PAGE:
Following the tremendous number of layoffs and job eliminations in 2020 I am seeing signs that companies in our industry are looking to add staff in 2021. Admittedly my evidence is anecdotal, largely based on what I see in my network and the comments of friends around the industry, but after the wreckage of 2020 I’m willing to run with any signs of hope.
If you’re a manager in the enviable position of having open head count to fill, here is some unsolicited advice: commit yourself to establishing a diversity practice for building your team.
I’ve written about diversity previously. In my view it is the number one challenge facing our industry today. The good news is it’s hard to find a company today that doesn’t list diversity as a core value. Yet there’s a big difference between valuing and practicing. One may value friendship but if they don’t practice being a good friend regularly by doing the things friends do, the value is nothing more than an empty platitude.
Establishing diversity as a practice means committing to ensuring the pipeline of candidates represents different races, genders, ethnicities and beliefs. Like any other practice, this work must occur regularly, even if you aren’t necessarily hiring at that moment. Being on the lookout for talent, seeking to broaden your network to include people who don’t look or think like you, must be consistent parts of any manager’s job.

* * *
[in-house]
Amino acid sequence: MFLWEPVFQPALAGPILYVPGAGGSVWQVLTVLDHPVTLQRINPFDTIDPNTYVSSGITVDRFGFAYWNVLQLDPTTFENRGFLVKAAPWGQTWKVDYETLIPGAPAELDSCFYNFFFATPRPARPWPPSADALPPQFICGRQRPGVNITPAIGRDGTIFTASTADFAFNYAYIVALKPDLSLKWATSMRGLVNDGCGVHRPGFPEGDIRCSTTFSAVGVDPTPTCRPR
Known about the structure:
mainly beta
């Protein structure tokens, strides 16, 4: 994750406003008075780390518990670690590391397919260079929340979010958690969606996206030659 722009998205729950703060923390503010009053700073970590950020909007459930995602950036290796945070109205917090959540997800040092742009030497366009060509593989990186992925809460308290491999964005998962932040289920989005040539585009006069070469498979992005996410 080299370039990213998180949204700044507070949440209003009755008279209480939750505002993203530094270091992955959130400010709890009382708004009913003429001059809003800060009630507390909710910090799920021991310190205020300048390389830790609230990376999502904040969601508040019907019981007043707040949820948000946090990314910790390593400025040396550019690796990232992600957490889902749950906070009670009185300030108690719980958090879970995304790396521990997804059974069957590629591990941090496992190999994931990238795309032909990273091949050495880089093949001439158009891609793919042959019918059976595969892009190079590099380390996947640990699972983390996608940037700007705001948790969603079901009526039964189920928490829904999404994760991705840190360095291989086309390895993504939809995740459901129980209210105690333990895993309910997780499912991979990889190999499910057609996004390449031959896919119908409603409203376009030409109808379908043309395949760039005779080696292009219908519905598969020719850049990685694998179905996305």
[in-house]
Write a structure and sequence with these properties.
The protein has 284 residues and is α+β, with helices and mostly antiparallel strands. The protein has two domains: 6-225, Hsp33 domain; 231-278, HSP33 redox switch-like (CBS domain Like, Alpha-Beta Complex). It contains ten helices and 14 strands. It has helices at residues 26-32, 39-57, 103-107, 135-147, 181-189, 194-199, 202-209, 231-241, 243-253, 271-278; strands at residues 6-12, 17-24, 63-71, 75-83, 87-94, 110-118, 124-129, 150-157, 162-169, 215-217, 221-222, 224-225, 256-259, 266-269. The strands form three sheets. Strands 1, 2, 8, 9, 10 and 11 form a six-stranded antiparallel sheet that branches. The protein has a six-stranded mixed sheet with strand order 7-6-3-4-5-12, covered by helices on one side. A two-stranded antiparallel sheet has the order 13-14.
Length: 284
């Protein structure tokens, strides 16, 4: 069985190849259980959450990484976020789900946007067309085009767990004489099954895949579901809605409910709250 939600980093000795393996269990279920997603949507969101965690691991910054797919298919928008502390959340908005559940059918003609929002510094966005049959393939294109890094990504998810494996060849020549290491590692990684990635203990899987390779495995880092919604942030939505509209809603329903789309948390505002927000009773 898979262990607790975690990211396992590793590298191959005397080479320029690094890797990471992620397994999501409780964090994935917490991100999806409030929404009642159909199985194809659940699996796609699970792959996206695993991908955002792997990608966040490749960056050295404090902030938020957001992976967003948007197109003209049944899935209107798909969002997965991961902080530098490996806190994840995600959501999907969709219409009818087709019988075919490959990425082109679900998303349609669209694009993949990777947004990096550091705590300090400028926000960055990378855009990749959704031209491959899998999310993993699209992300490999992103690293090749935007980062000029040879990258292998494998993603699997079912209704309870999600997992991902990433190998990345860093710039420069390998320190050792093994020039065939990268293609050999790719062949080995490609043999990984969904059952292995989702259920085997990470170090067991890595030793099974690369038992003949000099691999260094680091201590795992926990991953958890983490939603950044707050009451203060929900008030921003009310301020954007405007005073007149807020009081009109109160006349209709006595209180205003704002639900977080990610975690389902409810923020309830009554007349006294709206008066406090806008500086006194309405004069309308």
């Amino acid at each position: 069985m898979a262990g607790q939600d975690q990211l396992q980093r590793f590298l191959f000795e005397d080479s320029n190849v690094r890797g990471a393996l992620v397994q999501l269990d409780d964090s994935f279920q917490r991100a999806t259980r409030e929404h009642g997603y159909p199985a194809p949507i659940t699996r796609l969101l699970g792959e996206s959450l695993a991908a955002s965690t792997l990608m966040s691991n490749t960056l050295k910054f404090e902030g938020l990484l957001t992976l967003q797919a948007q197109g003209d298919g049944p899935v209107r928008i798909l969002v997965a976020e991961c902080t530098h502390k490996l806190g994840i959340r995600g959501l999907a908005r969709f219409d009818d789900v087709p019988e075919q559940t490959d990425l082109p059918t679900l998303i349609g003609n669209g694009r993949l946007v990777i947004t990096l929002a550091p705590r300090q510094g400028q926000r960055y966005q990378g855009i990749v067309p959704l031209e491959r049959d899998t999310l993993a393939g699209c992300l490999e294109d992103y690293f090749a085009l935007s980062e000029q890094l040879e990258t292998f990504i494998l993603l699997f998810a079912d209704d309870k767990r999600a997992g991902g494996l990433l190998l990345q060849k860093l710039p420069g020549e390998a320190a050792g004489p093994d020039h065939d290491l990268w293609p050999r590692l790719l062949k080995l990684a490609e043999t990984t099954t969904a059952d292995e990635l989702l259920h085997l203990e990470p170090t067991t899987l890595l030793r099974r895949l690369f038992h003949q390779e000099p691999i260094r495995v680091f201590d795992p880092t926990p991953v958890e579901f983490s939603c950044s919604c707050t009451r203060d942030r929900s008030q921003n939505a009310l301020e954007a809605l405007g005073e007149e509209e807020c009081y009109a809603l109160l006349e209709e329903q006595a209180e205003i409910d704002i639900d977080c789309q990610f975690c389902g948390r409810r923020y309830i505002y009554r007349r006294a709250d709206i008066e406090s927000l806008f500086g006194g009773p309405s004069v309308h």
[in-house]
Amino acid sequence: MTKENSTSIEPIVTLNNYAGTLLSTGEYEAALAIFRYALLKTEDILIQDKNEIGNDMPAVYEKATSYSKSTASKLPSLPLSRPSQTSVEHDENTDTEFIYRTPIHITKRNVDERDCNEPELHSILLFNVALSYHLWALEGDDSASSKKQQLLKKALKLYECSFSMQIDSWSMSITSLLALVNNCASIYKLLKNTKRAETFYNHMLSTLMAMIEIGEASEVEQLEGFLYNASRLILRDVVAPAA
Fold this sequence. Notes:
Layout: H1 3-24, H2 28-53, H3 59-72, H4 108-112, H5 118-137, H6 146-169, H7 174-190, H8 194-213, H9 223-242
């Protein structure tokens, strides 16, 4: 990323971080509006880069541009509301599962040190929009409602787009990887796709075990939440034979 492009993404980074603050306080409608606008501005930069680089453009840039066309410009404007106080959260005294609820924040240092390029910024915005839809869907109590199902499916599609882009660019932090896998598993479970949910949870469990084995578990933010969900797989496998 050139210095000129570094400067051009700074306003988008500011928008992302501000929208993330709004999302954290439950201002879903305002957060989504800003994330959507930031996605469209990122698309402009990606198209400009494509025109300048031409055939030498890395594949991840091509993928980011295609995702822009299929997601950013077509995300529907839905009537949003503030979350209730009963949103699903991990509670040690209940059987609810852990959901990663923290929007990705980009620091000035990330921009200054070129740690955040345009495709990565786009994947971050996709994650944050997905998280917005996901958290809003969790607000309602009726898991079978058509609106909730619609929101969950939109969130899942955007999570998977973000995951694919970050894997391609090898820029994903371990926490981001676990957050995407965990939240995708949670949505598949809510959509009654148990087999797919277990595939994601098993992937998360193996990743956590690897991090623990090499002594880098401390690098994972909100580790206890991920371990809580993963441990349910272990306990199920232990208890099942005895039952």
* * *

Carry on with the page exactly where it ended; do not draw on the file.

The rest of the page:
The lack of racial diversity in our business is well chronicled and must be addressed by hiring managers at all levels in 2021 if we are finally going to move the needle. Yet there is another disturbing trend that seems to have accelerated during the pandemic that we must address as an industry: the perception that those over 50 no longer are worth the investment. Whether because of excessive focus on younger consumer demographics, a perception older workers aren’t hip to the new trends or just an attempt to cut expenses, there are too many experienced people being frozen out of opportunities.
Ageism, left unchecked, will do real damage to our industry. We rob ourselves of access to invaluable experience and ignore demographic trends which clearly show that consumers over 55+ will have incredible market power for decades to come. Not to mention it’s just another unacceptable form of dicrimination.
It would be a terrible shame for all leaders, and bad business, if we establish diverse hiring practices yet after building our teams we looked around the conference table and realized no one ever used a record player or a rotary phone.